The piwi genes are highly conserved and play essential roles in stem cell self-renewal, gametogenesis and RNA interference. In 6 June Oncogene, Qiao and colleagues from Duke University Medical Center, Durham, USA, show that hiwi — a human member of the piwi gene family — is expressed in both normal and malignant spermatogenic cells and its overexpression is correlated to the development of seminoma (Oncogene 2002, 21:3988-3999).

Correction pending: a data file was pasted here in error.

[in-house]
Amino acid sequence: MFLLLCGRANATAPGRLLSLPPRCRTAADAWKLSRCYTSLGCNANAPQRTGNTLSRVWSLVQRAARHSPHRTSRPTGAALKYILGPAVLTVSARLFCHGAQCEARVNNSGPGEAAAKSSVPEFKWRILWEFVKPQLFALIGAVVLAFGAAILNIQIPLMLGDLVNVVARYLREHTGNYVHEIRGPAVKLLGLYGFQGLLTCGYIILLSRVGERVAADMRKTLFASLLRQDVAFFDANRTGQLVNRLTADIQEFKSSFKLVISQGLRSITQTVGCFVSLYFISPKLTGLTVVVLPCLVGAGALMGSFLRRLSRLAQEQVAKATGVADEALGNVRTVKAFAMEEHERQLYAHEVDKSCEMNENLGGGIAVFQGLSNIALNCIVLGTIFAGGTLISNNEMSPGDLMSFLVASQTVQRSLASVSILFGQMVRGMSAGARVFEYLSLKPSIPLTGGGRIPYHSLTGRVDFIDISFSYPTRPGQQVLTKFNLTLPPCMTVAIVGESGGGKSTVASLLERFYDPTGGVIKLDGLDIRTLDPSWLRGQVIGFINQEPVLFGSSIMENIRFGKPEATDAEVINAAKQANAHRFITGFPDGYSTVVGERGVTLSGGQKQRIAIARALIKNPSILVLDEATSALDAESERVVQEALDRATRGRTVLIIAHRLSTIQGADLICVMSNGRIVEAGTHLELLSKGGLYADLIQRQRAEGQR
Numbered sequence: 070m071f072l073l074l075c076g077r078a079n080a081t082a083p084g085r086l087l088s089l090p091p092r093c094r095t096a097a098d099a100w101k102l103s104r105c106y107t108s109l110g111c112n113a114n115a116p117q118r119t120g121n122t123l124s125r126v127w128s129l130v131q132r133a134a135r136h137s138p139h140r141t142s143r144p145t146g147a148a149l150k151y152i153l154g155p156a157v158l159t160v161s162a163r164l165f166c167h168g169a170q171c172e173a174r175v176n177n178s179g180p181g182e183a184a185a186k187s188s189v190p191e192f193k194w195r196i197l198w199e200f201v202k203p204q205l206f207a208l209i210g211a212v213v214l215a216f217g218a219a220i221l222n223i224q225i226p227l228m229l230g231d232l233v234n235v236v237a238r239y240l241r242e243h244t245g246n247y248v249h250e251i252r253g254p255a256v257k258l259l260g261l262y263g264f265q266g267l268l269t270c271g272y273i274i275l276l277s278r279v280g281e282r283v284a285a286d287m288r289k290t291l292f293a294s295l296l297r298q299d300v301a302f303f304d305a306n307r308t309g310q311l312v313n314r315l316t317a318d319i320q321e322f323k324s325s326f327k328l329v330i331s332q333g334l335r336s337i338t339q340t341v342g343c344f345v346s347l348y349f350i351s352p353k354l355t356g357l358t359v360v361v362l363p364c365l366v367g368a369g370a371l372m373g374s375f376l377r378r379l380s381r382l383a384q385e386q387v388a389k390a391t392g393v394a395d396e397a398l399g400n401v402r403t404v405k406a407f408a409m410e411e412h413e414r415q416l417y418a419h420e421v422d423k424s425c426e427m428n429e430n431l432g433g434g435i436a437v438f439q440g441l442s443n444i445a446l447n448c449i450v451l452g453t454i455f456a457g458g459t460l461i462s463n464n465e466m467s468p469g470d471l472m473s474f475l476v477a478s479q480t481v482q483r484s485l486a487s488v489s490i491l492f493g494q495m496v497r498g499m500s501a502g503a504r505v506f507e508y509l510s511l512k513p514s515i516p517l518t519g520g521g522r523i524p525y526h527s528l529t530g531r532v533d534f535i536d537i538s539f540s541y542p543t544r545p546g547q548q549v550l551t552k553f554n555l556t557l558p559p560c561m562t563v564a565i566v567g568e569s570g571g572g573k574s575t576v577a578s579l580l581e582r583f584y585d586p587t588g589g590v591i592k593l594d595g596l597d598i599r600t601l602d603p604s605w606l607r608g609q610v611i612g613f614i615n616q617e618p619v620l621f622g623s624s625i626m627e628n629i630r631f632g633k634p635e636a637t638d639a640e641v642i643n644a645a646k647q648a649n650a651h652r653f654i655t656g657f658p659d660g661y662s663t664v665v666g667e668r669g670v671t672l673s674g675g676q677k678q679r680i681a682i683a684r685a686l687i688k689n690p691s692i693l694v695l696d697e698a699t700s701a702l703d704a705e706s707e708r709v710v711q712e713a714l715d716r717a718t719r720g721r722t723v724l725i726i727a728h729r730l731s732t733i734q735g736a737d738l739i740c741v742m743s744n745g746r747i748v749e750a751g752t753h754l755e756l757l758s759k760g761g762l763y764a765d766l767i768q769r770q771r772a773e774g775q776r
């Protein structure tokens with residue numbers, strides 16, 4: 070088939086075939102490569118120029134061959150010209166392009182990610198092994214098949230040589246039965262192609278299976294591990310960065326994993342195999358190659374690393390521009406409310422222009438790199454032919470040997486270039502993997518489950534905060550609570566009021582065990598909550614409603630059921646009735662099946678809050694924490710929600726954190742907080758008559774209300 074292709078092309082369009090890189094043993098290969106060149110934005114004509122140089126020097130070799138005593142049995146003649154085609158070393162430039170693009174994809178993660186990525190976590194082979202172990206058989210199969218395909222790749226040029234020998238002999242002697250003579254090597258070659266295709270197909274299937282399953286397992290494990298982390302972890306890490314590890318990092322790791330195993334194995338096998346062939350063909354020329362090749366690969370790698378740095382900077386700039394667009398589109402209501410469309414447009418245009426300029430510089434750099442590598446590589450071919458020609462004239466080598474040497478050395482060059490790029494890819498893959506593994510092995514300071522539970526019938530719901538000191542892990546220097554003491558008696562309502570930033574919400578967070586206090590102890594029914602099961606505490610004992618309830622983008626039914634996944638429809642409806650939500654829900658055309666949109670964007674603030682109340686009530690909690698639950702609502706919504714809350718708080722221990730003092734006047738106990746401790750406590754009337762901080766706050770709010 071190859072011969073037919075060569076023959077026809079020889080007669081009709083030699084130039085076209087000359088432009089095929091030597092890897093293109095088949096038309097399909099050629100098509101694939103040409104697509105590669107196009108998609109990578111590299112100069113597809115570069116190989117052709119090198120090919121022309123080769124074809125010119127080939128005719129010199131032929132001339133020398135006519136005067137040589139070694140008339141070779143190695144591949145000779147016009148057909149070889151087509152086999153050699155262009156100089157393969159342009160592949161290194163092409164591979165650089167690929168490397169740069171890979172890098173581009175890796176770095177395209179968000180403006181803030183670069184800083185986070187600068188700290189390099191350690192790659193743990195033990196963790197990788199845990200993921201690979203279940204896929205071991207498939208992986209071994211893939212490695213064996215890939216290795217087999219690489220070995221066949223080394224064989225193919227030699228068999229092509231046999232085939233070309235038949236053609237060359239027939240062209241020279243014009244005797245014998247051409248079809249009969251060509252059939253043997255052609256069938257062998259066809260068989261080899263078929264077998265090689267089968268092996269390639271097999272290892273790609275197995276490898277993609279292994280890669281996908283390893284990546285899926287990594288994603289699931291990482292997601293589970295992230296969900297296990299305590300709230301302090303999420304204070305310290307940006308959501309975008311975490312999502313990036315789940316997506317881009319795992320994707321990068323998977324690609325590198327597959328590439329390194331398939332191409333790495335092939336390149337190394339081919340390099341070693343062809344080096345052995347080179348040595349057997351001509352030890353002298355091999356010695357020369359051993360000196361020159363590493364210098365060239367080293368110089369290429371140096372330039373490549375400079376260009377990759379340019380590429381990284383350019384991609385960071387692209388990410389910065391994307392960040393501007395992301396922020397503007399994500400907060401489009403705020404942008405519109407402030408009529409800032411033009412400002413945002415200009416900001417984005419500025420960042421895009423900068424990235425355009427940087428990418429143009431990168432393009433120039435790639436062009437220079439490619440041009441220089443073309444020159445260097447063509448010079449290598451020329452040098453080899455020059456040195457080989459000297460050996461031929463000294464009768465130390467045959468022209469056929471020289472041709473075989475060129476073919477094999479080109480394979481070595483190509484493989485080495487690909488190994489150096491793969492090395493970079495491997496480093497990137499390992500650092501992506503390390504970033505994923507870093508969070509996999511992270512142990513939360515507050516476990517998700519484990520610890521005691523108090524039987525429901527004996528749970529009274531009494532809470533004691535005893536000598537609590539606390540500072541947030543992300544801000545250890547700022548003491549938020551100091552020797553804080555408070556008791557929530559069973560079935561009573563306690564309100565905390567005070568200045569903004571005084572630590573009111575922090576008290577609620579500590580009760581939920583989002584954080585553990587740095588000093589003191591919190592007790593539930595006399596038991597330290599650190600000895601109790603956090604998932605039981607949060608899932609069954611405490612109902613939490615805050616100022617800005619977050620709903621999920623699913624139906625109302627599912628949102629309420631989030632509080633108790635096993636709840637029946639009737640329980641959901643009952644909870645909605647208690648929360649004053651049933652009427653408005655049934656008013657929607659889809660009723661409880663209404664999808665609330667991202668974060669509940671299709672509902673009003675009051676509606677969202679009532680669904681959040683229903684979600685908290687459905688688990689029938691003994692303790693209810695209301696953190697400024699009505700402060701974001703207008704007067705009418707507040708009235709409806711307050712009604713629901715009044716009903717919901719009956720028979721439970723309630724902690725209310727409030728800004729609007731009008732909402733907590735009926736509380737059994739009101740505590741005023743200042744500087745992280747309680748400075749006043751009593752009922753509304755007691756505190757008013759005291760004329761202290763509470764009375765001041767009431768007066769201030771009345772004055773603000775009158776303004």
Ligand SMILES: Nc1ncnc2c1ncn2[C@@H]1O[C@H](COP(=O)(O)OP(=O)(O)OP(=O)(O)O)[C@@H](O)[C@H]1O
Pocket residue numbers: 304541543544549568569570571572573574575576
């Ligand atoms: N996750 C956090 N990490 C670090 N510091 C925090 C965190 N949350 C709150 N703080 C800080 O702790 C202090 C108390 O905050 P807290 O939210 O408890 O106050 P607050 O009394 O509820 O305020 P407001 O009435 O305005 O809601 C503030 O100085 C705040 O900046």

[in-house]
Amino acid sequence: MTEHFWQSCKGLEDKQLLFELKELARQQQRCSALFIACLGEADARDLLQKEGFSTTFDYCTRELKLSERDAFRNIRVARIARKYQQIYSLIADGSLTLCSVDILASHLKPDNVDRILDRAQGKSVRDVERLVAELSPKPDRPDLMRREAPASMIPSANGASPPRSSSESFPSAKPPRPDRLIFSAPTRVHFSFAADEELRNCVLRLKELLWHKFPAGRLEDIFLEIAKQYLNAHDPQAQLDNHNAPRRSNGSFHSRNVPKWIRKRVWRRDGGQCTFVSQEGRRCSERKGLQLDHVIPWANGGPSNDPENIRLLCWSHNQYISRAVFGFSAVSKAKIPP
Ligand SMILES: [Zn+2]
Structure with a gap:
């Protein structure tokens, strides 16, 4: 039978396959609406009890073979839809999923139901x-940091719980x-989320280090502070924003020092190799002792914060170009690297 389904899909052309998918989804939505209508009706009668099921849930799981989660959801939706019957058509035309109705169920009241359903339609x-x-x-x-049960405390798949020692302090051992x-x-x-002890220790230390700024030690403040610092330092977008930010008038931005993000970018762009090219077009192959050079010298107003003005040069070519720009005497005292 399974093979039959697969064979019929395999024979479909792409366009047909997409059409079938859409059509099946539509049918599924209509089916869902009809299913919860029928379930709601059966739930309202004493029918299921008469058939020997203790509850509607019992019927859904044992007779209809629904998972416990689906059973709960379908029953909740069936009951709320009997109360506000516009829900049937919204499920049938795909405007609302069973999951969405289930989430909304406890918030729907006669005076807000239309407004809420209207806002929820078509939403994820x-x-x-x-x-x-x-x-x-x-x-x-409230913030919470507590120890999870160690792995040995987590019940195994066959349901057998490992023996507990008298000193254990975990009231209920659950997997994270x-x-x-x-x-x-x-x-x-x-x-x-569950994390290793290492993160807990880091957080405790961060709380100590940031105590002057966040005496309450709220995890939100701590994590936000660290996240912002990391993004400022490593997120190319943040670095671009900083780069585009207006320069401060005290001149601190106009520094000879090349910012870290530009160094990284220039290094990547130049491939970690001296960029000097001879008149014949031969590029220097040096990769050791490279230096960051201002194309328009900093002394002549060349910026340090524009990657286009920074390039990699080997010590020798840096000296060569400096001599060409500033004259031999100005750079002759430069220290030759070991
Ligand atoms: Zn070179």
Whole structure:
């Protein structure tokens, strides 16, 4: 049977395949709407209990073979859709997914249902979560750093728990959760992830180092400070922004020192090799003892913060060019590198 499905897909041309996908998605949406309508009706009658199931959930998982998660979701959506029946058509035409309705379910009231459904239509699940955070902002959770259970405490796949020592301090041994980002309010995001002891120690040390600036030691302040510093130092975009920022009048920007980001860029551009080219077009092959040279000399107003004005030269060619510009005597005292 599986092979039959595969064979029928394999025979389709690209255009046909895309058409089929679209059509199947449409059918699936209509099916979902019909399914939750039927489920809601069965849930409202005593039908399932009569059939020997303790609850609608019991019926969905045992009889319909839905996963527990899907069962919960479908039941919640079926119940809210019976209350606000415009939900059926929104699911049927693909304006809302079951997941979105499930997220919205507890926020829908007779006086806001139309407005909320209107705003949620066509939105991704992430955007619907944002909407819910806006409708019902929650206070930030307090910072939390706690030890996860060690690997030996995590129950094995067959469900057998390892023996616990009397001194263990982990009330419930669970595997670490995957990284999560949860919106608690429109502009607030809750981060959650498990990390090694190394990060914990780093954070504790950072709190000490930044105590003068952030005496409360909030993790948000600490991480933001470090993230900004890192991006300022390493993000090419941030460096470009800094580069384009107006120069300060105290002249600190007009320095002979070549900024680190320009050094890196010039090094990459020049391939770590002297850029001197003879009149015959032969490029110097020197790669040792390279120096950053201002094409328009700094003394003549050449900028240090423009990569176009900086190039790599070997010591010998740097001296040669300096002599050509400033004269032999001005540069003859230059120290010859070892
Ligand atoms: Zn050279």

Qiao et al. observed that hiwi maps to band 12q24.33 on the long arm of chromosome 12, a region linked to the development of testicular germ cell tumors. hiwi encodes a highly basic 861-amino-acid protein and its expression was seen in normal spermatocytes and round spermatids during spermatogenesis.

In addition, they observed enhanced expression of hiwi in samples of testicular seminomas — tumors originating from embryonic germ cells with retention of germ cell phenotype — but not in...

Interested in reading more?

Become a Member of

Receive full access to more than 35 years of archives, as well as TS Digest, digital editions of The Scientist, feature stories, and much more!
Already a member?